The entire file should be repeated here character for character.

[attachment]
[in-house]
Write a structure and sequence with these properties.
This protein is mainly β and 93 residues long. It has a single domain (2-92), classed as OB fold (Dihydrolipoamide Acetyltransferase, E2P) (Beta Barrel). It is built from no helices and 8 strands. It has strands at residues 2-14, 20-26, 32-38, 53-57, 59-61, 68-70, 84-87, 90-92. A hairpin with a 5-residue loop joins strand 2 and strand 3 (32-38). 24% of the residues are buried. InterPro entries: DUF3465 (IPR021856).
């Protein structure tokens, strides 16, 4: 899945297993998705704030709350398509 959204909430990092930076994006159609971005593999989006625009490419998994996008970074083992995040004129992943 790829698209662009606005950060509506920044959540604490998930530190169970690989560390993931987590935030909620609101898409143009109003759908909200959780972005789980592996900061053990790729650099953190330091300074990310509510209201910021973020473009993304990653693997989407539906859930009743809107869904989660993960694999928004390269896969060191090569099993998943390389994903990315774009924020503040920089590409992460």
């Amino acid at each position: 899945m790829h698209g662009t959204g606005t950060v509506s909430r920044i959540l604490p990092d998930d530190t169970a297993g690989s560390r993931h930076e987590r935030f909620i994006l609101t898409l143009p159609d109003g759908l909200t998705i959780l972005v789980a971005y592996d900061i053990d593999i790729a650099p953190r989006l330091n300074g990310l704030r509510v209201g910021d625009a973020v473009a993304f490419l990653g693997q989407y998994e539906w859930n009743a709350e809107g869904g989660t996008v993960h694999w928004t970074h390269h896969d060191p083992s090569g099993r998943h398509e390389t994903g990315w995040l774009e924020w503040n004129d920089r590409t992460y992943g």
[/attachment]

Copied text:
[in-house]
Write a structure and sequence with these properties.
This protein is mainly β and 93 residues long. It has a single domain (2-92), classed as OB fold (Dihydrolipoamide Acetyltransferase, E2P) (Beta Barrel). It is built from no helices and 8 strands. It has strands at residues 2-14, 20-26, 32-38, 53-57, 59-61, 68-70, 84-87, 90-92. A hairpin with a 5-residue loop joins strand 2 and strand 3 (32-38). 24% of the residues are buried. InterPro entries: DUF3465 (IPR021856).
């Protein structure tokens, strides 16, 4: 899945297993998705704030709350398509 959204909430990092930076994006159609971005593999989006625009490419998994996008970074083992995040004129992943 790829698209662009606005950060509506920044959540604490998930530190169970690989560390993931987590935030909620609101898409143009109003759908909200959780972005789980592996900061053990790729650099953190330091300074990310509510209201910021973020473009993304990653693997989407539906859930009743809107869904989660993960694999928004390269896969060191090569099993998943390389994903990315774009924020503040920089590409992460």
């Amino acid at each position: 899945m790829h698209g662009t959204g606005t950060v509506s909430r920044i959540l604490p990092d998930d530190t169970a297993g690989s560390r993931h930076e987590r935030f909620i994006l609101t898409l143009p159609d109003g759908l909200t998705i959780l972005v789980a971005y592996d900061i053990d593999i790729a650099p953190r989006l330091n300074g990310l704030r509510v209201g910021d625009a973020v473009a993304f490419l990653g693997q989407y998994e539906w859930n009743a709350e809107g869904g989660t996008v993960h694999w928004t970074h390269h896969d060191p083992s090569g099993r998943h398509e390389t994903g990315w995040l774009e924020w503040n004129d920089r590409t992460y992943g």